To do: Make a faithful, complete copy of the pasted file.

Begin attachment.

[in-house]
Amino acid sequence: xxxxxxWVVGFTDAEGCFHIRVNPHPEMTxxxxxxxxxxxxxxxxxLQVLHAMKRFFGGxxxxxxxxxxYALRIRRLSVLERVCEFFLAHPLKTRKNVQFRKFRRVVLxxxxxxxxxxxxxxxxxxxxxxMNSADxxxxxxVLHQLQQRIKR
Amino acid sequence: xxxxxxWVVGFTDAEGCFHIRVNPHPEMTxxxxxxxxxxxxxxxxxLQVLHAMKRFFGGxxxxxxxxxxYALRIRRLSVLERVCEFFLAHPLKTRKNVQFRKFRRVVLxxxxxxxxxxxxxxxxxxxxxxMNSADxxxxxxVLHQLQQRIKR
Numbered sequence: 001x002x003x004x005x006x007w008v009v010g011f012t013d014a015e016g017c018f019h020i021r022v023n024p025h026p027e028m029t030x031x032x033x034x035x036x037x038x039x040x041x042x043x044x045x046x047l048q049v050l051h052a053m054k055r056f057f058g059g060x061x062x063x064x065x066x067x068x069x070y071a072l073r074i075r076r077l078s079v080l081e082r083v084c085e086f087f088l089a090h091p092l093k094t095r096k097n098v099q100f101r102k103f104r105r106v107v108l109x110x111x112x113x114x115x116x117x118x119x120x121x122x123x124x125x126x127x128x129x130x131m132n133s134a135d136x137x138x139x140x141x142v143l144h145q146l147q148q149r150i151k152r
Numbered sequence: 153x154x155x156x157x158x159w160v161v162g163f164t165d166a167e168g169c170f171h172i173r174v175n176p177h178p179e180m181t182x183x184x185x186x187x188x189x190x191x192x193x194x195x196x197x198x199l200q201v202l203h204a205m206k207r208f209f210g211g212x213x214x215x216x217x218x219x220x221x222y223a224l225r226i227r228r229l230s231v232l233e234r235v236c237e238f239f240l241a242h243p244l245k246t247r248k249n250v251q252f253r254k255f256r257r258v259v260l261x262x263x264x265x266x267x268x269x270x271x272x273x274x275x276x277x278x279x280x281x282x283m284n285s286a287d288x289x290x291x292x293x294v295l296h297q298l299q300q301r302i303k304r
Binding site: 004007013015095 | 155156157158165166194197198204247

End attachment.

[in-house]
Amino acid sequence: xxxxxxWVVGFTDAEGCFHIRVNPHPEMTxxxxxxxxxxxxxxxxxLQVLHAMKRFFGGxxxxxxxxxxYALRIRRLSVLERVCEFFLAHPLKTRKNVQFRKFRRVVLxxxxxxxxxxxxxxxxxxxxxxMNSADxxxxxxVLHQLQQRIKR
Amino acid sequence: xxxxxxWVVGFTDAEGCFHIRVNPHPEMTxxxxxxxxxxxxxxxxxLQVLHAMKRFFGGxxxxxxxxxxYALRIRRLSVLERVCEFFLAHPLKTRKNVQFRKFRRVVLxxxxxxxxxxxxxxxxxxxxxxMNSADxxxxxxVLHQLQQRIKR
Numbered sequence: 001x002x003x004x005x006x007w008v009v010g011f012t013d014a015e016g017c018f019h020i021r022v023n024p025h026p027e028m029t030x031x032x033x034x035x036x037x038x039x040x041x042x043x044x045x046x047l048q049v050l051h052a053m054k055r056f057f058g059g060x061x062x063x064x065x066x067x068x069x070y071a072l073r074i075r076r077l078s079v080l081e082r083v084c085e086f087f088l089a090h091p092l093k094t095r096k097n098v099q100f101r102k103f104r105r106v107v108l109x110x111x112x113x114x115x116x117x118x119x120x121x122x123x124x125x126x127x128x129x130x131m132n133s134a135d136x137x138x139x140x141x142v143l144h145q146l147q148q149r150i151k152r
Numbered sequence: 153x154x155x156x157x158x159w160v161v162g163f164t165d166a167e168g169c170f171h172i173r174v175n176p177h178p179e180m181t182x183x184x185x186x187x188x189x190x191x192x193x194x195x196x197x198x199l200q201v202l203h204a205m206k207r208f209f210g211g212x213x214x215x216x217x218x219x220x221x222y223a224l225r226i227r228r229l230s231v232l233e234r235v236c237e238f239f240l241a242h243p244l245k246t247r248k249n250v251q252f253r254k255f256r257r258v259v260l261x262x263x264x265x266x267x268x269x270x271x272x273x274x275x276x277x278x279x280x281x282x283m284n285s286a287d288x289x290x291x292x293x294v295l296h297q298l299q300q301r302i303k304r
Binding site: 004007013015095 | 155156157158165166194197198204247